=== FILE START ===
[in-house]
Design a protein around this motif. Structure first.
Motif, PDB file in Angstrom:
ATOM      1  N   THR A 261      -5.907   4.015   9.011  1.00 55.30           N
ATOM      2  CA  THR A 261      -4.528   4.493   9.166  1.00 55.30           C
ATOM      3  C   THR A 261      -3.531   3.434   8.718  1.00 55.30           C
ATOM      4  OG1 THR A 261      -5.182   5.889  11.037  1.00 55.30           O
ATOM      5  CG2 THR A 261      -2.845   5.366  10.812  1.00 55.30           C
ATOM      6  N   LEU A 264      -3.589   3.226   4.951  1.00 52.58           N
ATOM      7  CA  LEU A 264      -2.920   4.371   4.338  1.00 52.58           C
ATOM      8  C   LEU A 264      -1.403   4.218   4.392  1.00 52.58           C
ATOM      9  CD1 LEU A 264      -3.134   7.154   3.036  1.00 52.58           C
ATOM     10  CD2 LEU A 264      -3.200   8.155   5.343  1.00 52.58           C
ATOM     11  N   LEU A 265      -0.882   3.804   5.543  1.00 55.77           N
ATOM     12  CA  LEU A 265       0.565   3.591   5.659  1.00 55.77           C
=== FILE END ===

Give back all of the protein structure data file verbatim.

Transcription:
[in-house]
Design a protein around this motif. Structure first.
Motif, PDB file in Angstrom:
ATOM      1  N   THR A 261      -5.907   4.015   9.011  1.00 55.30           N
ATOM      2  CA  THR A 261      -4.528   4.493   9.166  1.00 55.30           C
ATOM      3  C   THR A 261      -3.531   3.434   8.718  1.00 55.30           C
ATOM      4  OG1 THR A 261      -5.182   5.889  11.037  1.00 55.30           O
ATOM      5  CG2 THR A 261      -2.845   5.366  10.812  1.00 55.30           C
ATOM      6  N   LEU A 264      -3.589   3.226   4.951  1.00 52.58           N
ATOM      7  CA  LEU A 264      -2.920   4.371   4.338  1.00 52.58           C
ATOM      8  C   LEU A 264      -1.403   4.218   4.392  1.00 52.58           C
ATOM      9  CD1 LEU A 264      -3.134   7.154   3.036  1.00 52.58           C
ATOM     10  CD2 LEU A 264      -3.200   8.155   5.343  1.00 52.58           C
ATOM     11  N   LEU A 265      -0.882   3.804   5.543  1.00 55.77           N
ATOM     12  CA  LEU A 265       0.565   3.591   5.659  1.00 55.77           C